44. d’Almeida SM, Kauffenstein G, Roy C, Basset L, Papargyris L, Henrion D, et al. The ecto-ATPDase CD39 is involved in the acquisition of the immunoregulatory phenotype by M-CSF-macrophages and ovarian cancer tumor-associated macrophages: Regulatory role of IL-27. Oncoimmunology. 2016;5(7):e1178025.

    Article  PubMed  PubMed Central  Google Scholar 

  45. Perry C, Hazan-Halevy I, Kay S, Cipok M, Grisaru D, Deutsch V et al. Increased CD39 expression on CD4 + T lymphocytes has clinical and prognostic significance in chronic lymphocytic leukemia. Ann Hematol. 2012(91):1271–9.

  46. Li J, Wang L, Chen X, Li L, Li Y, Ping Y, et al. CD39/CD73 upregulation on myeloid-derived suppressor cells via TGF-beta-mTOR-HIF-1 signaling in patients with non-small cell lung cancer. Oncoimmunology. 2017;6(6):e1320011.

    Article  PubMed  PubMed Central  Google Scholar 

  47. Bastid J, Regairaz A, Bonnefoy N, Dejou C, Giustiniani J, Laheurte C, et al. Inhibition of CD39 enzymatic function at the surface of tumor cells alleviates their immunosuppressive activity. Cancer Immunol Res. 2015;3(3):254–65.

    Article  CAS  PubMed  Google Scholar 

  48. Antonioli L, Pacher P, Vizi ES, Hasko G. CD39 and CD73 in immunity and inflammation. Trends Mol Med. 2013;19(6):355–67.

    Article  CAS  PubMed  PubMed Central  Google Scholar 

  49. De Marchi E, Orioli E, Pegoraro A, Sangaletti S, Portararo P, Curti A, et al. The P2X7 receptor modulates immune cells infiltration, ectonucleotidases expression and extracellular ATP levels in the tumor microenvironment. Oncogene. 2019;38(19):3636–50.

    Article  PubMed  PubMed Central  Google Scholar 

  50. Puchalowicz K, Tarnowski M, Baranowska-Bosiacka I, Chlubek D, Dziedziejko V. P2X and P2Y receptors-role in the pathophysiology of the nervous system. Int J Mol Sci. 2014;15(12):23672–704.

    Article  PubMed  PubMed Central  Google Scholar 

  51. Eltzschig HK, Sitkovsky MV, Robson SC. Purinergic signaling during inflammation. N Engl J Med. 2012;367(24):2322–33.

    Article  CAS  PubMed  PubMed Central  Google Scholar 

  52. Savio LEB, de Andrade Mello P, Figliuolo VR, de Avelar Almeida TF, Santana PT, Oliveira SDS, et al. CD39 limits P2X7 receptor inflammatory signaling and attenuates sepsis-induced liver injury. J Hepatol. 2017;67(4):716–26.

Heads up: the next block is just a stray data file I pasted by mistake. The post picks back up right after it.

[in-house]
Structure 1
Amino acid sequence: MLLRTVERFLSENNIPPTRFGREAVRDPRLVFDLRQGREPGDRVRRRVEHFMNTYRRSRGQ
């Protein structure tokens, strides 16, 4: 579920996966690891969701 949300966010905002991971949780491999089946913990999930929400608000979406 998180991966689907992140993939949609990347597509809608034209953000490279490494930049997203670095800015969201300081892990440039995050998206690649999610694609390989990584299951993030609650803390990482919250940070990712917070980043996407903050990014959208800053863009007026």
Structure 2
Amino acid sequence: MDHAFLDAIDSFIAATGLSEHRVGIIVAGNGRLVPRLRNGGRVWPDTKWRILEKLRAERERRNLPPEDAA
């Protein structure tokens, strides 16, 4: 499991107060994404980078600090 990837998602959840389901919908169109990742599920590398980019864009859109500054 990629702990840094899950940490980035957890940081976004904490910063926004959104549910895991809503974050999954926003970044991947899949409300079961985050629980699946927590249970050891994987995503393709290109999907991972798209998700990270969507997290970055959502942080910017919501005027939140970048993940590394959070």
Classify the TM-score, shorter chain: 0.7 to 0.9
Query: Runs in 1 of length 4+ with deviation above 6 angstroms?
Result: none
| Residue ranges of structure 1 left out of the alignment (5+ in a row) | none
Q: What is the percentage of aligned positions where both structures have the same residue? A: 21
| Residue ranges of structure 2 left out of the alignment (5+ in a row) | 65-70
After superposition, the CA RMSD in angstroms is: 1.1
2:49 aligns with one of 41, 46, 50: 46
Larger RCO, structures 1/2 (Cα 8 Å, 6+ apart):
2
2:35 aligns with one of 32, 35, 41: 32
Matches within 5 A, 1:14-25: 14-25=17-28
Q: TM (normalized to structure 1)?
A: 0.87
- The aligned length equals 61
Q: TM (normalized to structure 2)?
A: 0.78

Article  CAS  PubMed  PubMed Central  Google Scholar 

  53. Takenaka MC, Robson S, Quintana FJ. Regulation of the T cell response by CD39. Trends Immunol. 2016;37(7):427–39.

    Article  CAS  PubMed  PubMed Central  Google Scholar 

  54. Zumerle S, Cali B, Munari F, Angioni R, Di Virgilio F, Molon B, et al. Intercellular Calcium Signaling Induced by ATP Potentiates Macrophage phagocytosis. Cell Rep. 2019;27(1):1–10e4.

    Article  CAS  PubMed  PubMed Central  Google Scholar 

  55. Young A, Mittal D, Stagg J, Smyth MJ. Targeting cancer-derived adenosine: new therapeutic approaches. Cancer Discov. 2014;4(8):879–88.

    Article  CAS  PubMed  Google Scholar 

  56. Ahlmanner F, Sundström P, Akeus P, Eklöf J, Börjesson L, Gustavsson B, et al. CD39+ regulatory T cells accumulate in colon adenocarcinomas and display markers of increased suppressive function. Oncotarget. 2018;9(97):36993–7007.

    Article  PubMed  PubMed Central  Google Scholar 

  57. Koh J, Kim Y, Lee KY, Hur JY, Kim MS, Kim B, et al. MDSC subtypes and CD39 expression on CD8(+) T cells predict the efficacy of anti-PD-1 immunotherapy in patients with advanced NSCLC. Eur J Immunol. 2020;50(11):1810–9.

    Article  CAS  PubMed  PubMed Central  Google Scholar 

  58. Chen Y, Corriden R, Inoue Y, Yip L, Hashiguchi N, Zinkernagel A, et al. ATP release guides neutrophil chemotaxis via P2Y2 and A3 receptors. Science. 2006;15(Electronic):1095–9203.

    Google Scholar 

  59. Reutershan J, Vollmer I, Stark S, Wagner R, Ngamsri KC, Eltzschig HK. Adenosine and inflammation: CD39 and CD73 are critical mediators in LPS-induced PMN trafficking into the lungs. FASEB J. 2009;23(2):473–82.

    Article  CAS  PubMed  Google Scholar 

  60. Zhao H, Bo C, Kang Y, Li H. What else can CD39 tell us? Front Immunol. 2017;8:727.

    Article  PubMed  PubMed Central  Google Scholar 

  61. Lu Y, Cheng L, Li F, Ji L, Shao X, Wu B, et al. The abnormal function of CD39(+) regulatory T cells could be corrected by high-dose dexamethasone in patients with primary immune thrombocytopenia. Ann Hematol. 2019;98(8):1845–54.

    Article  CAS  PubMed  Google Scholar